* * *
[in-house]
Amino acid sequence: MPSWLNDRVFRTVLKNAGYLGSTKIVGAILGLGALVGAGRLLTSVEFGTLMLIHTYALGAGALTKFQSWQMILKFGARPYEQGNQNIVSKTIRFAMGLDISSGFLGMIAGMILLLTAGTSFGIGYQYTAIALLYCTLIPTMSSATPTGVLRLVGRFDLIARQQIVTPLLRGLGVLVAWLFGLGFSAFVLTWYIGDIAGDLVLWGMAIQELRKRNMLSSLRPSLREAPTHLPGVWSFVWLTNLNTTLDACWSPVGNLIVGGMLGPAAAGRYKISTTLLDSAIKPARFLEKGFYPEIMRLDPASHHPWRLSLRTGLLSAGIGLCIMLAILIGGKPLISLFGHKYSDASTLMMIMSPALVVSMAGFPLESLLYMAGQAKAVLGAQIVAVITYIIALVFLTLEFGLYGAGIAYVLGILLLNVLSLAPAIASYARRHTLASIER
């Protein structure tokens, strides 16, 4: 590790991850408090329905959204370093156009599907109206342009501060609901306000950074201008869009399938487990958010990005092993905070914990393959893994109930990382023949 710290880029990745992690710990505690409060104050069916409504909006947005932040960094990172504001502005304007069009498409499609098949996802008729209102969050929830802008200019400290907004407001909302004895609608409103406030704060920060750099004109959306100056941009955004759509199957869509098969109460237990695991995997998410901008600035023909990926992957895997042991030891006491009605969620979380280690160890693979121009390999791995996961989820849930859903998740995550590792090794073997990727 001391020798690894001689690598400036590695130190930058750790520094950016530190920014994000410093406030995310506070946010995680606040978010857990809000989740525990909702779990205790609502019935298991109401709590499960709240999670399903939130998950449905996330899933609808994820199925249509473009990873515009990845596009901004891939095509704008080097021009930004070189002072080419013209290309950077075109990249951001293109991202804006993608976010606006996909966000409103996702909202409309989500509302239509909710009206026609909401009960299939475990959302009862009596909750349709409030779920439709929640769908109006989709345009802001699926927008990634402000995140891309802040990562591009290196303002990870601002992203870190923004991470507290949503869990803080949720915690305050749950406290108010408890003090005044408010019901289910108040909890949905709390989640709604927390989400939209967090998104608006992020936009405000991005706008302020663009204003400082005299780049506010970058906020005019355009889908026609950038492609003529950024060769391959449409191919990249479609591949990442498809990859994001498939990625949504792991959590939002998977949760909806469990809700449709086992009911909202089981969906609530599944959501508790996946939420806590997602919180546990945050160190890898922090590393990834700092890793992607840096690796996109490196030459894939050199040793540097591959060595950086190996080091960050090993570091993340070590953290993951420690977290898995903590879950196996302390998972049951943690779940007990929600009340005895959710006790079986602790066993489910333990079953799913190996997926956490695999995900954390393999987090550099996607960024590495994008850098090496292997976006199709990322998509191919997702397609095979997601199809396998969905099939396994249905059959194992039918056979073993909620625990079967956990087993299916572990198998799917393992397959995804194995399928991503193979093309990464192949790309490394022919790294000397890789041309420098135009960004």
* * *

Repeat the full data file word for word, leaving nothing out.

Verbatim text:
[in-house]
Amino acid sequence: MPSWLNDRVFRTVLKNAGYLGSTKIVGAILGLGALVGAGRLLTSVEFGTLMLIHTYALGAGALTKFQSWQMILKFGARPYEQGNQNIVSKTIRFAMGLDISSGFLGMIAGMILLLTAGTSFGIGYQYTAIALLYCTLIPTMSSATPTGVLRLVGRFDLIARQQIVTPLLRGLGVLVAWLFGLGFSAFVLTWYIGDIAGDLVLWGMAIQELRKRNMLSSLRPSLREAPTHLPGVWSFVWLTNLNTTLDACWSPVGNLIVGGMLGPAAAGRYKISTTLLDSAIKPARFLEKGFYPEIMRLDPASHHPWRLSLRTGLLSAGIGLCIMLAILIGGKPLISLFGHKYSDASTLMMIMSPALVVSMAGFPLESLLYMAGQAKAVLGAQIVAVITYIIALVFLTLEFGLYGAGIAYVLGILLLNVLSLAPAIASYARRHTLASIER
């Protein structure tokens, strides 16, 4: 590790991850408090329905959204370093156009599907109206342009501060609901306000950074201008869009399938487990958010990005092993905070914990393959893994109930990382023949 710290880029990745992690710990505690409060104050069916409504909006947005932040960094990172504001502005304007069009498409499609098949996802008729209102969050929830802008200019400290907004407001909302004895609608409103406030704060920060750099004109959306100056941009955004759509199957869509098969109460237990695991995997998410901008600035023909990926992957895997042991030891006491009605969620979380280690160890693979121009390999791995996961989820849930859903998740995550590792090794073997990727 001391020798690894001689690598400036590695130190930058750790520094950016530190920014994000410093406030995310506070946010995680606040978010857990809000989740525990909702779990205790609502019935298991109401709590499960709240999670399903939130998950449905996330899933609808994820199925249509473009990873515009990845596009901004891939095509704008080097021009930004070189002072080419013209290309950077075109990249951001293109991202804006993608976010606006996909966000409103996702909202409309989500509302239509909710009206026609909401009960299939475990959302009862009596909750349709409030779920439709929640769908109006989709345009802001699926927008990634402000995140891309802040990562591009290196303002990870601002992203870190923004991470507290949503869990803080949720915690305050749950406290108010408890003090005044408010019901289910108040909890949905709390989640709604927390989400939209967090998104608006992020936009405000991005706008302020663009204003400082005299780049506010970058906020005019355009889908026609950038492609003529950024060769391959449409191919990249479609591949990442498809990859994001498939990625949504792991959590939002998977949760909806469990809700449709086992009911909202089981969906609530599944959501508790996946939420806590997602919180546990945050160190890898922090590393990834700092890793992607840096690796996109490196030459894939050199040793540097591959060595950086190996080091960050090993570091993340070590953290993951420690977290898995903590879950196996302390998972049951943690779940007990929600009340005895959710006790079986602790066993489910333990079953799913190996997926956490695999995900954390393999987090550099996607960024590495994008850098090496292997976006199709990322998509191919997702397609095979997601199809396998969905099939396994249905059959194992039918056979073993909620625990079967956990087993299916572990198998799917393992397959995804194995399928991503193979093309990464192949790309490394022919790294000397890789041309420098135009960004």